U.S. Federal Judge Blocks Trump's Request for Long Detention of Illegal Immigrant Children

Published July 10th, 2018 - 11:00 GMT
Two Mexican children wave American flags (Shutterstock/File Photo)
Two Mexican children wave American flags (Shutterstock/File Photo)

A U.S. federal judge has turned down the Trump administration’s request to allow long-term detention of illegal immigrant children, a move seen as a significant legal setback to the president’s immigration agenda.

Judge Dolly Gee issued a ruling in a federal court in California on Monday, rejecting a U.S. Justice Department motion to modify a 1997 settlement to permit the government to keep underage migrants in detention alongside their parents.

Gee described the administration’s request as “a cynical attempt” to shift immigration policymaking to the courts.

The Trump administration had asked Gee to suspend the Flores settlement's requirement that immigrant children be kept only in facilities that comply with state child welfare licensing regulations, so as to allow whole families to be in detention centers together.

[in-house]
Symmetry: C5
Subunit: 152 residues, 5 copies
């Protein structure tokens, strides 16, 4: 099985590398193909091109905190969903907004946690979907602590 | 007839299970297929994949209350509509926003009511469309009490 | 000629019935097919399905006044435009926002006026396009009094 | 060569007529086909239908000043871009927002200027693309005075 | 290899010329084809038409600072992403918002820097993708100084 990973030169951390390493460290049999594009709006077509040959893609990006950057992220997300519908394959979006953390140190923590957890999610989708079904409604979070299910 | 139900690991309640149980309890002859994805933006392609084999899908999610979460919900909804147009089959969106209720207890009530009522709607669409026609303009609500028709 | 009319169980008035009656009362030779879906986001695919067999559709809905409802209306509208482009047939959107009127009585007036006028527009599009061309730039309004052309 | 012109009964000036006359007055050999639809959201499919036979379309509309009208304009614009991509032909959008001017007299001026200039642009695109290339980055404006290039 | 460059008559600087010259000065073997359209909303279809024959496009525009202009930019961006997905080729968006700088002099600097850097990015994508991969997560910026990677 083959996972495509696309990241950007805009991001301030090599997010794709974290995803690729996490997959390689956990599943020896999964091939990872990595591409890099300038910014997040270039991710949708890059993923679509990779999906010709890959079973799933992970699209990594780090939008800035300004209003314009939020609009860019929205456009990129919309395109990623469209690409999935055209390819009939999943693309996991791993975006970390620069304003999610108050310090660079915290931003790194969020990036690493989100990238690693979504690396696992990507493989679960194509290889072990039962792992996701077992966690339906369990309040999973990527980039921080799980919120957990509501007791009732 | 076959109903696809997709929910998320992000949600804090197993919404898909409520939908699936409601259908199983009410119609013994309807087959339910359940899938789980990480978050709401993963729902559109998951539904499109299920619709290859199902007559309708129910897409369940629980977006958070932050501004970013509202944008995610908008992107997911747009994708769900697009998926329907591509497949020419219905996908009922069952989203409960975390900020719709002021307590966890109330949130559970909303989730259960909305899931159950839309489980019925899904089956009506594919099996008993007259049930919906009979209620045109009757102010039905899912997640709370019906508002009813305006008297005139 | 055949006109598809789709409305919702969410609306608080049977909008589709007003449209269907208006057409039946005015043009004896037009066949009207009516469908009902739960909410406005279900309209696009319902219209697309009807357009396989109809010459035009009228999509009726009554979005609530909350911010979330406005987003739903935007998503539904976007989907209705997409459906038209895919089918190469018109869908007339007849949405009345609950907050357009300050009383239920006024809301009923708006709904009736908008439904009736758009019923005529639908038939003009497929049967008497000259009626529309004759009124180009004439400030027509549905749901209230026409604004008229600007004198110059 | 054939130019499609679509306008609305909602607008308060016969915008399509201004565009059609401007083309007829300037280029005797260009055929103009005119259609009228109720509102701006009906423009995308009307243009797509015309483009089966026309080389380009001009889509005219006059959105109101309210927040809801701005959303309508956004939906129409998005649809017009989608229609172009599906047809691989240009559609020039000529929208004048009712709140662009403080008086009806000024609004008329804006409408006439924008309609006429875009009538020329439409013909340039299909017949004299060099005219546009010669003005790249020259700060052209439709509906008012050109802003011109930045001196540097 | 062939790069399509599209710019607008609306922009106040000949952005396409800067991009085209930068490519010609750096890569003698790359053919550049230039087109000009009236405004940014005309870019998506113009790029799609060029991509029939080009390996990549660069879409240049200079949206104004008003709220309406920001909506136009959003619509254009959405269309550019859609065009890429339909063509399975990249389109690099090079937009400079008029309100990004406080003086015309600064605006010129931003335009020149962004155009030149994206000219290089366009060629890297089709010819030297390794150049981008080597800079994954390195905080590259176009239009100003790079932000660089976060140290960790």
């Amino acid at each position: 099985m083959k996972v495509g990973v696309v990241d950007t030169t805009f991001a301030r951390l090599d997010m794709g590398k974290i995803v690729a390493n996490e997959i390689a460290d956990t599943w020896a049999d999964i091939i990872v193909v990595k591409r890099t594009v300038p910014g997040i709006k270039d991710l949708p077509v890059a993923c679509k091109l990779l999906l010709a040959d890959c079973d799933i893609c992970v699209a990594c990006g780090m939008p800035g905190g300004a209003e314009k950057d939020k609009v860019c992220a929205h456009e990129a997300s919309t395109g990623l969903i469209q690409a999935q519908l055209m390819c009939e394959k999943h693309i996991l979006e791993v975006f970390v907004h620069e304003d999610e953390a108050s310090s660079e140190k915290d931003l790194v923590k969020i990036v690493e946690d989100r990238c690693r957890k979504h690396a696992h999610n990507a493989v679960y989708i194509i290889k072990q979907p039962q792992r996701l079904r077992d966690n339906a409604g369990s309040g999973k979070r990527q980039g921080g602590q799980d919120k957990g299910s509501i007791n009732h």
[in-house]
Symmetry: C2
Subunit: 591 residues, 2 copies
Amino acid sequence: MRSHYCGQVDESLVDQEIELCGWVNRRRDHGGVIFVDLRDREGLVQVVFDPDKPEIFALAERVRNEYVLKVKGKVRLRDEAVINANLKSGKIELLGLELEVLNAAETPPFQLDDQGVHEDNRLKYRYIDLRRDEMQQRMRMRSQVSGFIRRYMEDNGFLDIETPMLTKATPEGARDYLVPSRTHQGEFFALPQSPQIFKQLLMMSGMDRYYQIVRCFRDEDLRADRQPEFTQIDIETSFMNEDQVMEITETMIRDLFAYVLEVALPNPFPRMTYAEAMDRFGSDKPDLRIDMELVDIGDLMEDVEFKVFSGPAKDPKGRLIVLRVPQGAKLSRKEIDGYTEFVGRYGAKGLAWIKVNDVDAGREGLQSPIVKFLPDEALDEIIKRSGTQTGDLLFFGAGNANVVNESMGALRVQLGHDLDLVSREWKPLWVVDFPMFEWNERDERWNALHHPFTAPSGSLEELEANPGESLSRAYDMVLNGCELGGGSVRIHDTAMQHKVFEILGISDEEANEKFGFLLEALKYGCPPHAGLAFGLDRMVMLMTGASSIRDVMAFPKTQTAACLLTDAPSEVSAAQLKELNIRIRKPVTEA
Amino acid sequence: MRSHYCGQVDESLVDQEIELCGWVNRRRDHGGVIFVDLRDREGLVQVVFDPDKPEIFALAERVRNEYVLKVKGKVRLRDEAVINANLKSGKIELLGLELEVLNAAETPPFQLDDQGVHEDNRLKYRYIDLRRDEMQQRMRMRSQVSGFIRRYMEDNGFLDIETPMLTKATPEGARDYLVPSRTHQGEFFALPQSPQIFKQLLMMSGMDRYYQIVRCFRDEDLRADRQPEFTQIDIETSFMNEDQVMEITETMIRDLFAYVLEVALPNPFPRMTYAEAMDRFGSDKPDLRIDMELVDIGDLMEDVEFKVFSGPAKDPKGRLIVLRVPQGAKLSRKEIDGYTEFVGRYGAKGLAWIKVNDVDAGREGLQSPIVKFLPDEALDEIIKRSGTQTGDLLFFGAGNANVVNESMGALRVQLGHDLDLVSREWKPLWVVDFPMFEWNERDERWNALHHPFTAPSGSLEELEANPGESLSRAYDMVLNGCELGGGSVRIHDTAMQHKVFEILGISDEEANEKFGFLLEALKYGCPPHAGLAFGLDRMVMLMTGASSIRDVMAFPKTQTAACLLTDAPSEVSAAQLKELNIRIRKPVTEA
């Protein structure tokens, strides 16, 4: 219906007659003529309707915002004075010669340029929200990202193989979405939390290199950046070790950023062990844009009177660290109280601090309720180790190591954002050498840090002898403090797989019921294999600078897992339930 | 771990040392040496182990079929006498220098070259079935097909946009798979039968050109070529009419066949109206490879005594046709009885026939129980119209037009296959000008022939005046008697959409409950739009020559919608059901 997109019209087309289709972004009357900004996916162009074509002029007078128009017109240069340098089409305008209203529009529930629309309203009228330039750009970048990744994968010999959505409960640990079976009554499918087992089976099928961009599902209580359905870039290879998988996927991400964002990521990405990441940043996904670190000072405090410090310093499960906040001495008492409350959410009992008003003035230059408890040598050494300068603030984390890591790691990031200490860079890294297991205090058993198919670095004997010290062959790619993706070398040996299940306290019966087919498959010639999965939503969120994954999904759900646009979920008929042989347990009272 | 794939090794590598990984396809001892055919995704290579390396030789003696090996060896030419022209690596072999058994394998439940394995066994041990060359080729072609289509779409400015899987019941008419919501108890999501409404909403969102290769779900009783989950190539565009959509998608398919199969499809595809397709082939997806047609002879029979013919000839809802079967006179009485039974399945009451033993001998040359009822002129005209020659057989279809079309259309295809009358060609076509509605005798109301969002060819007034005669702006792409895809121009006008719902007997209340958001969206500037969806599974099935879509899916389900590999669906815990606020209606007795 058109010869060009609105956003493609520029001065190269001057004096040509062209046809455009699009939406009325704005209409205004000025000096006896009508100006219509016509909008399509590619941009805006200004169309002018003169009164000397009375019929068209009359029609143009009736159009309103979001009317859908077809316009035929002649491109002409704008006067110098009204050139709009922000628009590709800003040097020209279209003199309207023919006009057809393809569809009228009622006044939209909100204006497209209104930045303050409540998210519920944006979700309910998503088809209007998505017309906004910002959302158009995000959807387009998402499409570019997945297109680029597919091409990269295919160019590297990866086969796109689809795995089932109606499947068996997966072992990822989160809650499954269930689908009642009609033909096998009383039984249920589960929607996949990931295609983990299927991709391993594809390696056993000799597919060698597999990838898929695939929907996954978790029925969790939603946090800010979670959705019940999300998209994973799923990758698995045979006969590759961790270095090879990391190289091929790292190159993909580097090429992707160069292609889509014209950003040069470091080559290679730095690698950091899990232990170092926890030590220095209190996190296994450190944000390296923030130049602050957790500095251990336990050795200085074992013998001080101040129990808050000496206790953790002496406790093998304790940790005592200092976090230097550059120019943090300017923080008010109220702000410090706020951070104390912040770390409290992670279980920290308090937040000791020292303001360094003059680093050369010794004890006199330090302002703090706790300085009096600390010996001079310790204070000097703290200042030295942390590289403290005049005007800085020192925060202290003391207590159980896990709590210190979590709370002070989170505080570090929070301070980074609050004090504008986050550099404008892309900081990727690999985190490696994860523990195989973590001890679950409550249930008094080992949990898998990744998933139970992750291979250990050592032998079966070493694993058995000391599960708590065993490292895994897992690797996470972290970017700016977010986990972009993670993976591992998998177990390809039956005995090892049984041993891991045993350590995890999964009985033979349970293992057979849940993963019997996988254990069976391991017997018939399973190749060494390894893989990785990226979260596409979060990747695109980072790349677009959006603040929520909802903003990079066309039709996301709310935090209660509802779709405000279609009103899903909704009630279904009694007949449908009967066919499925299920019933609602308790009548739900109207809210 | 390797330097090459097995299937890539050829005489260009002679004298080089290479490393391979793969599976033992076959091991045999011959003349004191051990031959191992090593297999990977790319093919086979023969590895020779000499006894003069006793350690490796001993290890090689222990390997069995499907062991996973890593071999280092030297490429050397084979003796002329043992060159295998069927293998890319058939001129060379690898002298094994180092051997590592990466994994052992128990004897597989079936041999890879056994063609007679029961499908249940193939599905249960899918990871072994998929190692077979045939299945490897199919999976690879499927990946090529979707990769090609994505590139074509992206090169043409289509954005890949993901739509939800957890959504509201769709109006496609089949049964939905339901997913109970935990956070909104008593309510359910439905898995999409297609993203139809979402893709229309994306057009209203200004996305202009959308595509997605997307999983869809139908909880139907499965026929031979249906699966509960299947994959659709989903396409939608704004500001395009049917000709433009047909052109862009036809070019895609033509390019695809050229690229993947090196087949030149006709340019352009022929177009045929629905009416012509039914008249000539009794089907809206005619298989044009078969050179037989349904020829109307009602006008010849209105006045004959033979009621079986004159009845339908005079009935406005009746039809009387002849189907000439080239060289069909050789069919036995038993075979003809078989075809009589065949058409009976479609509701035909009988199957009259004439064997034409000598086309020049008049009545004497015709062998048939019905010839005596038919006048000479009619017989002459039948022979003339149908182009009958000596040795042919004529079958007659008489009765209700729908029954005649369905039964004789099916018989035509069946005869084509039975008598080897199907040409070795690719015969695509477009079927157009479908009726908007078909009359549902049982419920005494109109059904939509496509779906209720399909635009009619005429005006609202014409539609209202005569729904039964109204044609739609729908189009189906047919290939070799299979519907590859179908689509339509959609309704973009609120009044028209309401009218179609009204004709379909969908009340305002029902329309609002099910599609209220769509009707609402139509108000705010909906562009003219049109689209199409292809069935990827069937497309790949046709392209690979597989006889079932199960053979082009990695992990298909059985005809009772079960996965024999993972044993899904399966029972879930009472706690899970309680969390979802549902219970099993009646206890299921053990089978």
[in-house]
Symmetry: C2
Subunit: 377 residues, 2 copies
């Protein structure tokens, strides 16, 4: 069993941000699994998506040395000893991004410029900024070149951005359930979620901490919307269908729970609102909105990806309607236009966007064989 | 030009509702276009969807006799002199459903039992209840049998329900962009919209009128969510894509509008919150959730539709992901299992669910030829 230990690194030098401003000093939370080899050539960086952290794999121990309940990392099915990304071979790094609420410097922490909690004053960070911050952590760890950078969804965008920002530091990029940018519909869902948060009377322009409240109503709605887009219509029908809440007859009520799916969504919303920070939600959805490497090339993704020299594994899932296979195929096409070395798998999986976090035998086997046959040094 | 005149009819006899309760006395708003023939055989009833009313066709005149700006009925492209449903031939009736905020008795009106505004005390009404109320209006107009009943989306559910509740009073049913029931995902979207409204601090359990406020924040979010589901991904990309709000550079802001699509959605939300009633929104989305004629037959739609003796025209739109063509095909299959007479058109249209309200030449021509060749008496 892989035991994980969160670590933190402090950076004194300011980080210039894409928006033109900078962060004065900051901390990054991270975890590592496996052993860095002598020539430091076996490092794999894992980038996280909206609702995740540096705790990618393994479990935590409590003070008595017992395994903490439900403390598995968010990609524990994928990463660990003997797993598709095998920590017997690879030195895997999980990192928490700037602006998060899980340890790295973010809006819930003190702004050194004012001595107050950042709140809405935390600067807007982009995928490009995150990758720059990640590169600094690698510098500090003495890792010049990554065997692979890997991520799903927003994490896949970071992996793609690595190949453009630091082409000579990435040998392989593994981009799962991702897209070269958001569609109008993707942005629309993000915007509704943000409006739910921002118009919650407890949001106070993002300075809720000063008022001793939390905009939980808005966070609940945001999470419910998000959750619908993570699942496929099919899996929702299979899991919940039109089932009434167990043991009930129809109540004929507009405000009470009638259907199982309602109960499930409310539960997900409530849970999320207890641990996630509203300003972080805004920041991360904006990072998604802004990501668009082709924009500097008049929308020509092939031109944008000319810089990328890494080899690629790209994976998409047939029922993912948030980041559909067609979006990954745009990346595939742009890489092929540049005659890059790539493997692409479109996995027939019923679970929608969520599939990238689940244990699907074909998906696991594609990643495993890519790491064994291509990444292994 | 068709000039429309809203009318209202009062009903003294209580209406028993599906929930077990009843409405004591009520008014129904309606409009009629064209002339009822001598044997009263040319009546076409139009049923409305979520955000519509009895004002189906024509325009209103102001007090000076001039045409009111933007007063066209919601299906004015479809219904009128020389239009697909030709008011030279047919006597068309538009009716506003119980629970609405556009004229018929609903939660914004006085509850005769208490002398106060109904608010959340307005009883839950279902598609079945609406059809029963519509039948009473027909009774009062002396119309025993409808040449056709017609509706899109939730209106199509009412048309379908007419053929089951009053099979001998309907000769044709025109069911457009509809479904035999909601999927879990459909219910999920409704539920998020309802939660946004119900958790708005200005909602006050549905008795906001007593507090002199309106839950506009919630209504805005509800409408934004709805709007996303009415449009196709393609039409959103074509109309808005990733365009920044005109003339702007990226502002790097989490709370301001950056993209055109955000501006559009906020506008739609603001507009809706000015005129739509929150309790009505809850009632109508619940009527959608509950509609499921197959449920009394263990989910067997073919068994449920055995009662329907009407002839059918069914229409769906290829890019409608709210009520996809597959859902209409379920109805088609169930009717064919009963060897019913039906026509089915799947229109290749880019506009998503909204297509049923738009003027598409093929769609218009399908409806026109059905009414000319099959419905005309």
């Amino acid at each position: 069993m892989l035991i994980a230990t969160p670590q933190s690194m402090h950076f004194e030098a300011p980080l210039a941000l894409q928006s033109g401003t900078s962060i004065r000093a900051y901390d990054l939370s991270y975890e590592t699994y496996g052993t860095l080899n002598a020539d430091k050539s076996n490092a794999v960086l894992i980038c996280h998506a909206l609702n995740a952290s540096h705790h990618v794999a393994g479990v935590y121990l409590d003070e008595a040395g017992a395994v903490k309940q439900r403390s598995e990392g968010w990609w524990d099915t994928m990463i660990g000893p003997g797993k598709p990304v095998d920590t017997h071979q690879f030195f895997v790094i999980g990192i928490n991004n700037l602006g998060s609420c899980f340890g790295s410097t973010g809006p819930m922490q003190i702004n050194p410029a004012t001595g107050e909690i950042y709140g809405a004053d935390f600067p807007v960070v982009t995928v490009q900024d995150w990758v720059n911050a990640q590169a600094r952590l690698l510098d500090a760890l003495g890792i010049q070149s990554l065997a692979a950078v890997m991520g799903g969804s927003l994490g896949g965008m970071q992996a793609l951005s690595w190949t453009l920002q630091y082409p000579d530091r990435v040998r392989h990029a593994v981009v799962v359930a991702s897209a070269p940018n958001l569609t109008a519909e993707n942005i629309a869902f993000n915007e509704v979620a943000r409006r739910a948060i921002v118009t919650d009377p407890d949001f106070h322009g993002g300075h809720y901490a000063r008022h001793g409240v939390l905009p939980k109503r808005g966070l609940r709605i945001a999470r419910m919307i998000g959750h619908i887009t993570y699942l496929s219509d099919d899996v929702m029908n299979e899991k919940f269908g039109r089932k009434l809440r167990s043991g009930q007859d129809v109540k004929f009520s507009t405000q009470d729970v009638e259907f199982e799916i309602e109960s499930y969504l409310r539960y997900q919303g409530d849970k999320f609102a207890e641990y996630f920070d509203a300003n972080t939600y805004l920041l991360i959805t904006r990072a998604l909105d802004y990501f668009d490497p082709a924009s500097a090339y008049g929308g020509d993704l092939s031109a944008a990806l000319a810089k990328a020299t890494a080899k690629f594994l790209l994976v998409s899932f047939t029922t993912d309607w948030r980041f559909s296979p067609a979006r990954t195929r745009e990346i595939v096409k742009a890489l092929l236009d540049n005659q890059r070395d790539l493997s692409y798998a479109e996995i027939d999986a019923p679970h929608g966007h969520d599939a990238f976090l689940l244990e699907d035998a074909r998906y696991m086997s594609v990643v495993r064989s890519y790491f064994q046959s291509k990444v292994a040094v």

Gee said there was "no state licensing readily available for facilities that house both adults and children."

The Trump administration's "zero tolerance" policy towards illegal immigration has led to family separations at the U.S. border with Mexico.

Broadcast pictures of young children held in enclosures behind chain-link fences have triggered angry protests across the U.S. and elsewhere so far.

 

 

More than 2,000 separated children are currently in the U.S. government's custody, according to the Department of Homeland Security, which claims that it is aware of their locations and is making an effort to reunite them with their families.

More than half of American voters say they disapprove of the way President Donald Trump has handled immigration, according to a recent survey by Quinnipiac University.

Just 39 percent of those polled said they approve of the president’s policy, while 58 percent said they disapprove.

 

This article has been adapted from its original source.


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